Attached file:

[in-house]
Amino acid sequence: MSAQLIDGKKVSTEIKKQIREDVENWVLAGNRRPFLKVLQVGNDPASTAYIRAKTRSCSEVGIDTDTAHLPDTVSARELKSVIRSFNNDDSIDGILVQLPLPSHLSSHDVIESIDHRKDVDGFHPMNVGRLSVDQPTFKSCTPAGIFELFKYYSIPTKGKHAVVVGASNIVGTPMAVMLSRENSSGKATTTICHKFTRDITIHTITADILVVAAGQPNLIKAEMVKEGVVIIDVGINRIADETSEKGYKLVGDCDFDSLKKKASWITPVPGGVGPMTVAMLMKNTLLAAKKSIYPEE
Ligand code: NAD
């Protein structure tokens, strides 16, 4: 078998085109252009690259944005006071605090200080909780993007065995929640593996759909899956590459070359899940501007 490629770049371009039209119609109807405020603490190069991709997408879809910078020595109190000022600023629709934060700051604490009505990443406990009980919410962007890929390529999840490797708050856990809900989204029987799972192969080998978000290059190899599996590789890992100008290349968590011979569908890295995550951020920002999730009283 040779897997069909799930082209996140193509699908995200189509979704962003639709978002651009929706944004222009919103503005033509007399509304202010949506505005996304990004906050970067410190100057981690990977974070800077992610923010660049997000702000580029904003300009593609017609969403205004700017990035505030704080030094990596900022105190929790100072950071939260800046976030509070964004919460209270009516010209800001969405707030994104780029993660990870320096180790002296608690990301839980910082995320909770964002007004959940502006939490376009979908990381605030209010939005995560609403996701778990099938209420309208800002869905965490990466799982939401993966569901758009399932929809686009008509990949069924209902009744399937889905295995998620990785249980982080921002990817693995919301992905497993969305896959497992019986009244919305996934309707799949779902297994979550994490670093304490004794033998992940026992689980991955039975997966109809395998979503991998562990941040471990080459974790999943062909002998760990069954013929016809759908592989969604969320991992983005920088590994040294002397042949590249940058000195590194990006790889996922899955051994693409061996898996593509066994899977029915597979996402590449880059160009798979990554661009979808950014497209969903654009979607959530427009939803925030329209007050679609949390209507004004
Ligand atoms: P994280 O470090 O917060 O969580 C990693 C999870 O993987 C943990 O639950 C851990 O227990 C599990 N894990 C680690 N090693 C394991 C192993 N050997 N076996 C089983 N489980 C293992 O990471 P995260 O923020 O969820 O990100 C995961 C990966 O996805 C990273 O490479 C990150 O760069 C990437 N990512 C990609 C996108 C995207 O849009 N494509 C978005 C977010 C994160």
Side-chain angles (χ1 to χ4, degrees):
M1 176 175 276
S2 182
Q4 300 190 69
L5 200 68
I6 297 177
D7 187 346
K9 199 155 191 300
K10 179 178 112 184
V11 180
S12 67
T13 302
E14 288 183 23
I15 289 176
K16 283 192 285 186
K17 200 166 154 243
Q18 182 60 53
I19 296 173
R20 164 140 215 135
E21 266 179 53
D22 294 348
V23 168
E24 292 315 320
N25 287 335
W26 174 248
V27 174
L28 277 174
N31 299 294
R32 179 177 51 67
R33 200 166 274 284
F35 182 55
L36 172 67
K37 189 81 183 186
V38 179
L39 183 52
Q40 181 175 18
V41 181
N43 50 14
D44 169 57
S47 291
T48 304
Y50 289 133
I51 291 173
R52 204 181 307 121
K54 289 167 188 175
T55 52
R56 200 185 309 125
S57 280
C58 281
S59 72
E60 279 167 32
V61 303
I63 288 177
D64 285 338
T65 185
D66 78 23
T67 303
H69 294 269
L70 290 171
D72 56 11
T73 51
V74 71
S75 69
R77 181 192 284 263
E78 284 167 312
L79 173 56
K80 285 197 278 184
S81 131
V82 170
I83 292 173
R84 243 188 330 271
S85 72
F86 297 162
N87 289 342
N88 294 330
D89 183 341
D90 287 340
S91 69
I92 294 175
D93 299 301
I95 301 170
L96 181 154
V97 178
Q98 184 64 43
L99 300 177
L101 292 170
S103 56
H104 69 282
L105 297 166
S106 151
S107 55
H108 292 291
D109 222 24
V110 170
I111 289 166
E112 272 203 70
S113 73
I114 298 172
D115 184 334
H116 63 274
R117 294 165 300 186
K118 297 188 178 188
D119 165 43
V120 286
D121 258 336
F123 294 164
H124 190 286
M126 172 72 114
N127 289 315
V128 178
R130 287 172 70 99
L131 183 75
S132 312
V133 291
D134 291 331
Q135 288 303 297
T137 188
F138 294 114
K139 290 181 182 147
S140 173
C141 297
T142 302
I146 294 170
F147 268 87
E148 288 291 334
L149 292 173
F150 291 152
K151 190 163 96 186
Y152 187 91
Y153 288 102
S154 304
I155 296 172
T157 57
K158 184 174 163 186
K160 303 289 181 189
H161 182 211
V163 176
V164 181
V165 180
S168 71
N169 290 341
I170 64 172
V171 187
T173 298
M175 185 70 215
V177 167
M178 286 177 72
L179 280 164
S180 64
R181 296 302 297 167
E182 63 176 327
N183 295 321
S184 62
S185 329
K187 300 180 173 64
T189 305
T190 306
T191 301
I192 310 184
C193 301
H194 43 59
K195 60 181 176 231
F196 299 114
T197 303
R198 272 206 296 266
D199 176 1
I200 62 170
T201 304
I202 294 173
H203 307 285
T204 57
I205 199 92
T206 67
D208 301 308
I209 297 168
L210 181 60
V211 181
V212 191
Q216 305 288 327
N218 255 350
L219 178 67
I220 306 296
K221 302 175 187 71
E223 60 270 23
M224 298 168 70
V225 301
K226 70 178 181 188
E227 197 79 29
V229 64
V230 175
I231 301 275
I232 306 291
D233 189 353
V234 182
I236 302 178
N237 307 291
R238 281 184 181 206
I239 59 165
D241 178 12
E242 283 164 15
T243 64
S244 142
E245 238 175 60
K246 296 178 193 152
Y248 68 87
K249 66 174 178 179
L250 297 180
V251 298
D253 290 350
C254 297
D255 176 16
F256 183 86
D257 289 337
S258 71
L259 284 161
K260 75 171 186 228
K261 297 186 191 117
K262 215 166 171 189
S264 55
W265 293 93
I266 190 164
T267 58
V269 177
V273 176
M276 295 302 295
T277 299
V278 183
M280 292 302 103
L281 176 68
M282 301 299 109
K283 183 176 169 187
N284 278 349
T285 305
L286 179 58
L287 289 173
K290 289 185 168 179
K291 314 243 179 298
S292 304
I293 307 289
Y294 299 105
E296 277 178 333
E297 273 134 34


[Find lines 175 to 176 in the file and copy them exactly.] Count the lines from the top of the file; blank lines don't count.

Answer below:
H203 307 285
T204 57